Address:D404 No.69 Jinye Road, Xi'an High Tech Zone, Xi'an 710077, Shaanxi, China
Malabar tamarind, also known as gamboge, was once a popular fruit, it is a close relative of mangosteen fruit. But now, nutritional supplements containing this fruit extract have attracted attention because they claim to suppress appetite and prevent weight gain. But at the same time, it also has some negative effects.
Gamboge grows in southwestern India, Myanmar and Indonesia. It ripens as a red or yellow fruit similar in size to an orange but similar in shape to a pumpkin.
Dry gamboge peels have long been used for sauces and curries, and sometimes for stomach ailments. But at the end of the 1960s, scientists found a substance called hydroxyl citric acid (HCA) in the rattan peel, which was potentially attractive to people because of their weight loss.
Catherine Ubu Richter (Catherine Ulbricht), a senior pharmacist at Massachusetts General Hospital in Boston, said: "some studies have shown that HCA can reduce an enzyme that converts sugar into fat."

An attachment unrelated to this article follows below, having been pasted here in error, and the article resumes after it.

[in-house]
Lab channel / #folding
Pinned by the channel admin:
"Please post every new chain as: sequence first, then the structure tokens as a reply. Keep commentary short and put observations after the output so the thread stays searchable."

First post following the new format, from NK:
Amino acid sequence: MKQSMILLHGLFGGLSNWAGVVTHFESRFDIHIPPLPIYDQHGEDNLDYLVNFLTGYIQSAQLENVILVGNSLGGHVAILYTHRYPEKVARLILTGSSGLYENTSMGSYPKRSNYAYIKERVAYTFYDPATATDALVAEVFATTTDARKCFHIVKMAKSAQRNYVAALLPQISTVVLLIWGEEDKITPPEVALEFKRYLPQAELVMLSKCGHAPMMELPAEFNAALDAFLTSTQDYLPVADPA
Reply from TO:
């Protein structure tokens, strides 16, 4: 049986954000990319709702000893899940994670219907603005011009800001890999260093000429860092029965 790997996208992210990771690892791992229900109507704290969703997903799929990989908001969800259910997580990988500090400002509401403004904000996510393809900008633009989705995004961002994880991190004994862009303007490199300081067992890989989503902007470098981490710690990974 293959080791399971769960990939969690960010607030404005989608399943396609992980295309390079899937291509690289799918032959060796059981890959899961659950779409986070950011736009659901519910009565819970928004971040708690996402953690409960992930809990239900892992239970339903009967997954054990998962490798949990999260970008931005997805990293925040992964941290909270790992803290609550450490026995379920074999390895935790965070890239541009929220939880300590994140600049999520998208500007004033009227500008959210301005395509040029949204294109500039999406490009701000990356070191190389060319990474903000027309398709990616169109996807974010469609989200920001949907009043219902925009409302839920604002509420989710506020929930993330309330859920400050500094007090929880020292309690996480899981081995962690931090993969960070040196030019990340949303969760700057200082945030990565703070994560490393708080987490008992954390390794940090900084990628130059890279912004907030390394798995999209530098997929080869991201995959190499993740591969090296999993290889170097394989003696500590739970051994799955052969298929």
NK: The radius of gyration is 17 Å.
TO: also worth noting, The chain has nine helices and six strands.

The attraction of a fruit extract that affects body fat production is obvious. However, the results of animal experiments are not the same as those of humans.
Does Gamboge fruit have a weight loss effect?
Some studies have shown that HCA works, and some say it doesn't. Animal studies of HCA have shown that mice taking the substance eat less, lose weight and convert less fat from sugar.
A weight loss trial showed that people taking gamboge were no different from those taking other drugs. Other trials have shown that HCA is associated with weight loss and lowering blood lipid levels (lipid is fat). But Ulbrich said: "Further clinical trials are needed before any conclusions can be drawn."